US Labor Board Orders Elon Musk to Delete 2018 Threatening Tweet

The National Labor Relations Board (NLRB) found that Tesla violated US labor laws by firing a union activist and threatening worker benefits via a tweet from CEO Elon Musk. As a result, the company must reinstate the fired worker and force Musk to eliminate the tweet in question, Bloomberg has reported.

Musk’s tweet, from May 2018, immediately drew attention as a possible violation of labor laws. In it, he said that “nothing is stopping the Tesla team at our auto plant from voting for the union. Tmrw could do it if they wanted to. But why pay union dues and give up stock options for nothing?” Tesla argued that the tweet noted that union members of other automakers do not receive stock options. However, former NLRB president Wilma Liebman argued that Tesla workers are likely to see it differently. “The employee is going to hear you like, ‘If I vote to unionize, stock options will no longer be an option,'” he said. Bloomberg at the time.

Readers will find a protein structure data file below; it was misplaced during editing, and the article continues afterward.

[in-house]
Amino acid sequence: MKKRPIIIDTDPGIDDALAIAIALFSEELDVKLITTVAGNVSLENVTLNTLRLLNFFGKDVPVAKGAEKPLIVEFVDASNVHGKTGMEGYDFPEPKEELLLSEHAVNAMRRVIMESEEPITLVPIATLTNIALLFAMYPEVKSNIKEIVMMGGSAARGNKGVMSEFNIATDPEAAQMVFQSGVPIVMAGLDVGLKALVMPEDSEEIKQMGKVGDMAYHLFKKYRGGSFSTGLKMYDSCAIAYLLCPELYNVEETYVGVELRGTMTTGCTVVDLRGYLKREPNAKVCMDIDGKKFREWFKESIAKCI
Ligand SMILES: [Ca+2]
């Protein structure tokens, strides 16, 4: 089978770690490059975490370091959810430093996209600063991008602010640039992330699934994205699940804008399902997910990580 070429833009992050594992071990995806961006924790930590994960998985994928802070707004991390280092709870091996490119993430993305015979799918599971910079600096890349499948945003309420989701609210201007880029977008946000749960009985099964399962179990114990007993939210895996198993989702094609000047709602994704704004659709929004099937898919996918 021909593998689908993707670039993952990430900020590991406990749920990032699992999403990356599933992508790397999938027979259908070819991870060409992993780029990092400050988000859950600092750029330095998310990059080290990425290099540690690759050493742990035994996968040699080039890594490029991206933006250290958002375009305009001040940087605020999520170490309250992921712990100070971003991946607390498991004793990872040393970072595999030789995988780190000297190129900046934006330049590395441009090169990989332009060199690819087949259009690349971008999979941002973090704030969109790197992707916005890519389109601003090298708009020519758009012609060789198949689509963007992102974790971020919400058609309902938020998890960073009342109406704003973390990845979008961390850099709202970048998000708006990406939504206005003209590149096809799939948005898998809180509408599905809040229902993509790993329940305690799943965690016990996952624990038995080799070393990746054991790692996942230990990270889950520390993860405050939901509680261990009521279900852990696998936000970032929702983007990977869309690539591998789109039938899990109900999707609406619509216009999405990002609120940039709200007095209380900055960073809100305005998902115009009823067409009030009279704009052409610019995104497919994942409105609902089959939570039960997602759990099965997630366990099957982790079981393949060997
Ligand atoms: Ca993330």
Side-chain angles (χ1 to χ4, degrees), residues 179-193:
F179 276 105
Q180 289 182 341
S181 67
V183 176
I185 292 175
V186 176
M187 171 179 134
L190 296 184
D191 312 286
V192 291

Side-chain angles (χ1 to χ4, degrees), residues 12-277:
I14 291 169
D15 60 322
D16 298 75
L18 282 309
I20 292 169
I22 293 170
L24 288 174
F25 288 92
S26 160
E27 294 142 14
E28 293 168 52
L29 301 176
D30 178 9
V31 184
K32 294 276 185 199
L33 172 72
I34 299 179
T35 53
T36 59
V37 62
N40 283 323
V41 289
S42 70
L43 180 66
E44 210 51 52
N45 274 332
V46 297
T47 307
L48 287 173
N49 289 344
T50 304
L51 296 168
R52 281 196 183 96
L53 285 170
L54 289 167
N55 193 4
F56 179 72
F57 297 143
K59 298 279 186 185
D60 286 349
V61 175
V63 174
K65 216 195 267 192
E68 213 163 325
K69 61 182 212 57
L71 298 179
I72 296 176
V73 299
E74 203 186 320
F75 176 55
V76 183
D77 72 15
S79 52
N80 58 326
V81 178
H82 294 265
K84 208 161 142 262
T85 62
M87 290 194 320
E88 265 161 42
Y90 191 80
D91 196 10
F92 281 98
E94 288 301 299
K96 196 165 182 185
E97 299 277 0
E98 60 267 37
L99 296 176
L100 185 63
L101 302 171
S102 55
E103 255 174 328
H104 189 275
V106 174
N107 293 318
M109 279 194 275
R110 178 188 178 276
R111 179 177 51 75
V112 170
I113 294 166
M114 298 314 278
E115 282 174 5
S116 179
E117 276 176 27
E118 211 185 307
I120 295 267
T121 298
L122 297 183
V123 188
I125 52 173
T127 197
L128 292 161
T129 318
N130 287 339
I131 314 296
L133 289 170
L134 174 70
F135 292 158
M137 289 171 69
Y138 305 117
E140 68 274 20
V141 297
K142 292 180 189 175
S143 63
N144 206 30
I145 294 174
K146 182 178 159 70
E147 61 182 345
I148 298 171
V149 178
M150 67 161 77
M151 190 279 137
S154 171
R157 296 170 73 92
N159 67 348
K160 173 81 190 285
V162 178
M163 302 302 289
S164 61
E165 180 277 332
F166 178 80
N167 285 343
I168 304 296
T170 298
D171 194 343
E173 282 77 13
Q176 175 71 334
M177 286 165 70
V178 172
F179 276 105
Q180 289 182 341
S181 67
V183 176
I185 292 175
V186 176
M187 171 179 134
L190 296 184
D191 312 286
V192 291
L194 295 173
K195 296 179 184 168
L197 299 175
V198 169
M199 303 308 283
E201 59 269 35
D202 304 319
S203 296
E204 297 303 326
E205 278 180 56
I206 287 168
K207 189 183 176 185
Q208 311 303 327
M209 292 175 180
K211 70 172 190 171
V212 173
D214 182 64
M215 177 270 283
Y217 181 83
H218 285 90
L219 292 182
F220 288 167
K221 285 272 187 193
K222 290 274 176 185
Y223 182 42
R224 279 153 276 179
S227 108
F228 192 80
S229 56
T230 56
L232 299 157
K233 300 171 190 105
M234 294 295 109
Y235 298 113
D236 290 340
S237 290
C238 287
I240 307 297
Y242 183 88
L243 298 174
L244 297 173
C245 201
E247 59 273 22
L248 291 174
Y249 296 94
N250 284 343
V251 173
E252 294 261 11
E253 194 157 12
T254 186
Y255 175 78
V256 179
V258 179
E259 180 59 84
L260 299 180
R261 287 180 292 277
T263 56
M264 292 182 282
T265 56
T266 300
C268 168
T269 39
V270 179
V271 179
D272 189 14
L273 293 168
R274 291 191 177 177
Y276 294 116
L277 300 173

In its ruling, the NLRB said the fired employee, Richard Ortiz, should be rehired with all citations of disciplinary action removed from his personal files. The company must also “repair it for any loss of income and other benefits.”

In addition, he ordered Tesla to have Musk delete the tweet in question and publish a lengthy notice to employees about the ruling, stating their rights to “form, join or help a union.” The notice must also say that workers will not be fired or penalized for such activities and that the company will rehire Ortiz with retroactive pay. While an administrative law judge recommended that Musk read the notice aloud to workers at a meeting, the NLRB said the written notice would suffice.

Tesla has yet to comment, but the NLRB’s rulings can be appealed in federal court. However, the board cannot impose punitive damages or hold executives liable for breaking the law, Bloomberg indicated. As of today (March 26 at 7:01 am ET), Musk’s tweet is still live.

The ruling also drew the attention of union leaders and advocates, who said it came too late. “There is a company here that clearly violated the law, and yet these workers are three years away from achieving a modicum of justice,” said United Autoworkers Vice President Cindy Estrada. Bloomberg.

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